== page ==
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A Laboratory Exercise for Teaching Critical Period for Weed Control Concepts
Lance R. Gibson and Matt Liebman
Vol. 17, No. 2 (Apr. - Jun., 2003), pp. 403-411
Stable URL: http://www.jstor.org/stable/3989328
Page Count: 9
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Crop-weed interactions is an important topic for introductory weed science courses. The effect of the timing of weed emergence and the duration of weed competition on crop yield are two topics usually covered when discussing competition. Students generally gain a better knowledge of these concepts through observation in addition to discussion of the underlying concepts. An additive removal and plant-back experiment was used, in the undergraduate weed science laboratory at Iowa State University, to demonstrate critical period for weed control concepts for cultivated radish. In one series of treatments, weeds were sown at the time of radish planting and removed at 2, 3, and 4 wk after planting. In another series, weeds were sown at 1, 2, and 4 wk after radish planting and allowed to grow in the flats until completion of the experiment. Two controls, one weed free and one unweeded, were also included. The results from four semesters suggested that the critical period for weed control began immediately after planting and lasted 3 wk. The timing and duration of the critical period was consistent across the four semesters evaluated. This activity was successful in demonstrating the critical period for weed control in radish.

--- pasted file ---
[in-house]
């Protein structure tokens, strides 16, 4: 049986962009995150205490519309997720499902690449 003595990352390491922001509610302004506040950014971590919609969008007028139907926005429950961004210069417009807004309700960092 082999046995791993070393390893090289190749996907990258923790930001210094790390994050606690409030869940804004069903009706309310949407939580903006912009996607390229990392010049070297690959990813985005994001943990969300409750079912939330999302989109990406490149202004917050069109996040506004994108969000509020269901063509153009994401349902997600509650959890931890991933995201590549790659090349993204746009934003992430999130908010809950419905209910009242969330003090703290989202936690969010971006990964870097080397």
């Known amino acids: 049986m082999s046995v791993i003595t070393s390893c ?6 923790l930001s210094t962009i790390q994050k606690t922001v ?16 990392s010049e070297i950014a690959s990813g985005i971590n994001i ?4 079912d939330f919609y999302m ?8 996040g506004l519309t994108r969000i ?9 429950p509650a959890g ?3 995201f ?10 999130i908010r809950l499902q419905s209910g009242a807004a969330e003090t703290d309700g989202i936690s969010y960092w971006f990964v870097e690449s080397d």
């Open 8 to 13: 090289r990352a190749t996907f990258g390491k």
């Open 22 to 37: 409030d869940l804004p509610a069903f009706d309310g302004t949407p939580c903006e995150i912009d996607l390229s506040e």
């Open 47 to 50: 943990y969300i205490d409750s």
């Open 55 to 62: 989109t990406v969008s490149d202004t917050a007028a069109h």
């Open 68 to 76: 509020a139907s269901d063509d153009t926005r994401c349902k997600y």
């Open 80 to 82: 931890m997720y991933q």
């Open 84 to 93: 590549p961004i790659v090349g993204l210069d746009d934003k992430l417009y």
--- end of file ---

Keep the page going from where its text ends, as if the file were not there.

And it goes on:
Weed Technology © 2003 Weed Science Society of America